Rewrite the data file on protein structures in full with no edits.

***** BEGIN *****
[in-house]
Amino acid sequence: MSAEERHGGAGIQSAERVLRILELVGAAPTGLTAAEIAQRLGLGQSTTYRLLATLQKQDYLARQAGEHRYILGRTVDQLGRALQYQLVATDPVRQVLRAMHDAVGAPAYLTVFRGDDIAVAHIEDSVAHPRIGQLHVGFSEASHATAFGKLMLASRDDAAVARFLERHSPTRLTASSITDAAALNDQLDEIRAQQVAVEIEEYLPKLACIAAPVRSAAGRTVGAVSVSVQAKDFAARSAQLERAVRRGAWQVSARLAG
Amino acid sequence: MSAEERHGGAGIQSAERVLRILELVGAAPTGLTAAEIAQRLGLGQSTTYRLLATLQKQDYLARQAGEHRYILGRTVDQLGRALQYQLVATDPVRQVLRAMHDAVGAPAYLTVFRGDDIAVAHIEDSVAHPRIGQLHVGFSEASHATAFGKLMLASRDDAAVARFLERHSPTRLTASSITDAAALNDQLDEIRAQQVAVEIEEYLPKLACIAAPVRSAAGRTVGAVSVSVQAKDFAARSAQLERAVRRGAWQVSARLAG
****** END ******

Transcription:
[in-house]
Amino acid sequence: MSAEERHGGAGIQSAERVLRILELVGAAPTGLTAAEIAQRLGLGQSTTYRLLATLQKQDYLARQAGEHRYILGRTVDQLGRALQYQLVATDPVRQVLRAMHDAVGAPAYLTVFRGDDIAVAHIEDSVAHPRIGQLHVGFSEASHATAFGKLMLASRDDAAVARFLERHSPTRLTASSITDAAALNDQLDEIRAQQVAVEIEEYLPKLACIAAPVRSAAGRTVGAVSVSVQAKDFAARSAQLERAVRRGAWQVSARLAG
Amino acid sequence: MSAEERHGGAGIQSAERVLRILELVGAAPTGLTAAEIAQRLGLGQSTTYRLLATLQKQDYLARQAGEHRYILGRTVDQLGRALQYQLVATDPVRQVLRAMHDAVGAPAYLTVFRGDDIAVAHIEDSVAHPRIGQLHVGFSEASHATAFGKLMLASRDDAAVARFLERHSPTRLTASSITDAAALNDQLDEIRAQQVAVEIEEYLPKLACIAAPVRSAAGRTVGAVSVSVQAKDFAARSAQLERAVRRGAWQVSARLAG